Smash World Tour Bans Controversial Wobbling Technique in Melee
The Ice Climbers have gained a reputation in Super Smash Bros. Melee as being one of the game’s most divisive characters in large part thanks to one player: Robert “Wobbles” Wright.
The Texas native invented a technique called “Wobbling”, which is an infinite combo. Opponents cannot break out of Popo’s grab and will continuously get hit by Nana. The technique can be performed on all characters in the game except against another pair of Ice Climbers. Of course, the counterargument to wobbling is just “try not to get grabbed” by the pair, but that has not been a largely successful counterargument.
The Smash World Tour has taken an early stance on the technique, specifically calling it out in its own section as prohibited. The rulebook section 10.4.7 defines wobbling as such, just to prevent any permutations of it from persisting:
A player is considered to be Wobbling if the following conditions are met:
- The Player grabs his/her opponent with the Player-controlled Ice Climber.
- The CPU-controlled Ice Climber has not been KO’d.
- During the grab, the opponent is locked in continuous hitstun by a series of at least 5 attacks, with at least 3 of those attacks being from the CPU-controlled Ice Climber. For avoidance of doubt, multi-hit moves such as Blizzard count as 1 attack.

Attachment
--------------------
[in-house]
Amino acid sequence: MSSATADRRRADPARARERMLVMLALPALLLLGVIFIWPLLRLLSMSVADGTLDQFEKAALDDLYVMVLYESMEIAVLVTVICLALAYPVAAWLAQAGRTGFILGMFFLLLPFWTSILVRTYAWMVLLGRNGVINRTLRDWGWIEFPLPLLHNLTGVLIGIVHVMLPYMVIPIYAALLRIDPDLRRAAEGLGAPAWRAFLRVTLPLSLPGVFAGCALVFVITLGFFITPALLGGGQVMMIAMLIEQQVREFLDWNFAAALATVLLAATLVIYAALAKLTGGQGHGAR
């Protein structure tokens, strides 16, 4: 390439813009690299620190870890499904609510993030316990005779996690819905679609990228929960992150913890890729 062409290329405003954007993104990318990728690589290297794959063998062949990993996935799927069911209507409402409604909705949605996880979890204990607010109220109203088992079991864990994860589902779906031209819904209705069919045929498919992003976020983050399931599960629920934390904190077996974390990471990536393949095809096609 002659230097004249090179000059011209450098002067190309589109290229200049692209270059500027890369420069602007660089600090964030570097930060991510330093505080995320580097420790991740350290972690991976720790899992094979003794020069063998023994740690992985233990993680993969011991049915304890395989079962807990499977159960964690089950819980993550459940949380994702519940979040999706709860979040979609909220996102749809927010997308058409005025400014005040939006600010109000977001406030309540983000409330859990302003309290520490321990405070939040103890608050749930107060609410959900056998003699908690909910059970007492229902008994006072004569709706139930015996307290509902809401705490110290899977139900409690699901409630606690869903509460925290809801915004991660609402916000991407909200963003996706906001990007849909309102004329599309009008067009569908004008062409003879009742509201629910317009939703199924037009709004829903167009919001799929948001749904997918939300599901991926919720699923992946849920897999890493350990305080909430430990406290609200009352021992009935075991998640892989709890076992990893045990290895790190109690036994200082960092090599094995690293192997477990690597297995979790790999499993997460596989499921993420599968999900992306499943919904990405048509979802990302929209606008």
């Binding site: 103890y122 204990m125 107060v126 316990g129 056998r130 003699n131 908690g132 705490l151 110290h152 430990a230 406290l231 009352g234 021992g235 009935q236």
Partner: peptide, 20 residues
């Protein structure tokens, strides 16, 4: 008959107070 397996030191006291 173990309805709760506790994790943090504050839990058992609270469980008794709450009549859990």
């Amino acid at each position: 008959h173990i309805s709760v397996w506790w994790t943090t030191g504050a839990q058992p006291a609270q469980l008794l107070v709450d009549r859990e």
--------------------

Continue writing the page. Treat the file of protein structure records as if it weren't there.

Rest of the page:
Other techniques, including the “Freeze Glitch” with Ice Climbers, and repeated ledge grabs exceeding 60 times for either player, are also prohibited by the tour.
This is not the first time that Wobbling has been banned by an event, though it has been a rule that is not consistently enforced or used. The recommended ruleset for Super Smash Bros Melee, published by Melee it on Me, has not been updated since 2018. The committee controlling these rules is largely against banning wobbling, considering it a unique and critical part of the Ice Climbers move set. The ledge grabbing limit is also not a factor in Melee it on Me’s ruleset, but is for the Smash World Tour.
However, with the Smash World Tour now banning the controversial move, many tournaments that aren’t part of the tour are likely to follow suit.